(April) Rachel Stern, Art F City (Corinna Kirsch, Matthew Leifheit, Paddy Johnson, Whitney Kimball), 2014, c-print, 16 x 20 inches
“The government shutdown has claimed one of its most beloved casualties: the National Zoo’s panda cam,” wrote CNN last October. “But animal lovers can rest assured that the zoo’s endangered Giant Pandas — Tian Tian, Mei Xiang, and an unnamed newborn cub — will still be fed and cared for, the zoo said.” It sounded ominous — and totally ridiculous. You might remember that these were the types of stories being published in 2013, when all inessential (or what they’re now calling “non-excepted”) government services were suspended amid Washington’s unresolved fiscal mess. And the National Zoo’s most popular residents generated some of the goofiest headlines. As one media brain on Twitter put it: “the panda cam is the bread and circuses of our age. never mind all the important stuff, OMG BABY PANDA!!! #shutdown”
Meanwhile, the culture commentators at Art F City couldn’t resist the absurdity of it all. When Panda Cam went dark, they created their own live stream and dressed up as pandas while blogging. And now, Editorial Director Paddy Johnson has collaborated with photographer Rachel Stern on a 2015 calendar to commemorate the occasion. They invited artists, art dealers, and writers (like Molly Soda, Nayland Blake, and Mike and Claire) to pose for it while dressed as pandas. Oh, and they were nude. Apart from boasting lots of flesh, the calendar also lists all major art events for the coming year.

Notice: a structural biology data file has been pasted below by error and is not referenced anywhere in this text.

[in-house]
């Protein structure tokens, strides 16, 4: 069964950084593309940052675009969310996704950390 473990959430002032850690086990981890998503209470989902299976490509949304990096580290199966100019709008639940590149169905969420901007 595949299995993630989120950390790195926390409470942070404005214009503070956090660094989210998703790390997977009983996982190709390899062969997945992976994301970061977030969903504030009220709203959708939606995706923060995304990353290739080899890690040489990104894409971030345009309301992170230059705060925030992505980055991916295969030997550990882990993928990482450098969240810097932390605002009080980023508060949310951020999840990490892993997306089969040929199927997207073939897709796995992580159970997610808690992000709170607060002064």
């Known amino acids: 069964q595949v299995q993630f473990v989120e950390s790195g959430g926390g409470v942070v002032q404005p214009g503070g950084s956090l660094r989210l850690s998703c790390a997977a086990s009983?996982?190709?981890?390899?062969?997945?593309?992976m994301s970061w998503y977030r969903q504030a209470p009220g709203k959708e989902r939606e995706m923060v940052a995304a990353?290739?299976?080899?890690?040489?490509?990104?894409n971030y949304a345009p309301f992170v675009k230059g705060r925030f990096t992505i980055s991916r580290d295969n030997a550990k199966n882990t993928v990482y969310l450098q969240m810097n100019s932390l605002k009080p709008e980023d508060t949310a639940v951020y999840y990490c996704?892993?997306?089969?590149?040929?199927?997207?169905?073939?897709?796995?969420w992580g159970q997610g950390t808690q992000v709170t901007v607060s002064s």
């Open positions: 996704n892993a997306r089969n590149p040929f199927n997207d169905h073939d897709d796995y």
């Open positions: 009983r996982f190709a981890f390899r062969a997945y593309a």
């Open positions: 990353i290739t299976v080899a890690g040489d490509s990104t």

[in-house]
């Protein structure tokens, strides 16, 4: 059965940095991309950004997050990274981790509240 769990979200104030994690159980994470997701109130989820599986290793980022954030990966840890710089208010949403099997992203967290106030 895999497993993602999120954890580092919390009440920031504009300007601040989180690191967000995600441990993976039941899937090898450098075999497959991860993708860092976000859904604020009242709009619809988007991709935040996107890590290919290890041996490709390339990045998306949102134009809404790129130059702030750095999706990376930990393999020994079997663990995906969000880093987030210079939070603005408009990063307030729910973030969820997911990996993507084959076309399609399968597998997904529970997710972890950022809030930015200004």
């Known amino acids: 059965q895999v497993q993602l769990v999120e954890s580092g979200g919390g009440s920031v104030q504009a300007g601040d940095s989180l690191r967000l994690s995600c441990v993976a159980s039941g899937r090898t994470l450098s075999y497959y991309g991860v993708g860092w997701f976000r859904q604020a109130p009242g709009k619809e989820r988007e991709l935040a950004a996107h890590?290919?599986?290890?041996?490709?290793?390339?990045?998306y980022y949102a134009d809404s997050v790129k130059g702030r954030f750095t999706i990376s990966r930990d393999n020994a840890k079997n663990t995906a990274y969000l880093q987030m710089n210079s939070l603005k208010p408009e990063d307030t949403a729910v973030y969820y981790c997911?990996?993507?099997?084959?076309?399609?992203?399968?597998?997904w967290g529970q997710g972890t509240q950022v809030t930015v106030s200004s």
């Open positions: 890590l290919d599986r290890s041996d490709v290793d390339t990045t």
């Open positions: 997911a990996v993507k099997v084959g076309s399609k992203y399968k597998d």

You can pick up your own copy over here (it’ll be the most interesting thing you tie a bow on this holiday) and buy Stern’s prints from the project. Flavorwire spoke to Johnson and Stern about shooting the photos, what it was like working with pioneering feminist artist Martha Wilson, and, of course, “hard bods.”
Flavorwire: What can you tell us about the Panda Cam project that inspired your calendar?
Johnson: I think this video sums up the livecam we set up last year pretty well:
The core of the inspiration for the calendar is the government shutdown, and the Panda Cam for the National Zoo that went dark during that time. When that happened, we decided to live stream ourselves while dressing like pandas. Somehow, in the course of doing this every day for several weeks, we conceived of the calendar.
But of course, you always lose details in the retelling of any story. For example, while blogging dressed as pandas, the staff put together panda playlists, which included a bunch of Chinese pop music, along with well-known songs like “The Lion Sleeps Tonight” and “Goodbye Horses” and random stuff that seemed to fit. And the screen crawler text we used was constantly updated on the fly — responding to whatever we did. It was very, very funny.
None of that stuff made it into the summary video — you only have so many minutes to tell a story — but its sensibility is evident in the calendar. It’s hilarious, and rather baroque in sensibility. So we have panda horoscopes that respond to the photographs but are nonsense, and the dates we included in the calendar are actual art events, mixed in with American and Canadian holidays. (I’m Canadian.) We also included random holidays no one celebrates. So the calendar event picks range from the Whitney’s opening on May 1, 2015, to International Men’s Day and World Toilet Day (which are on the same day — November 19).
Can we expect more arty calendars or other projects based on ridiculous news items from Art F City?
Johnson: The hope is that the dysfunction of the American government will not always provide the constant stream of inspiration it does now!
But, we have a history of highlighting ridiculous news on the blog, so certainly you can expect more of that from us. It’s unclear what the next project will be, but hopefully we can resist the allure of McCarthy’s butt plug jokes. They are good for headlines, but perhaps less appropriate as a stocking stuffer.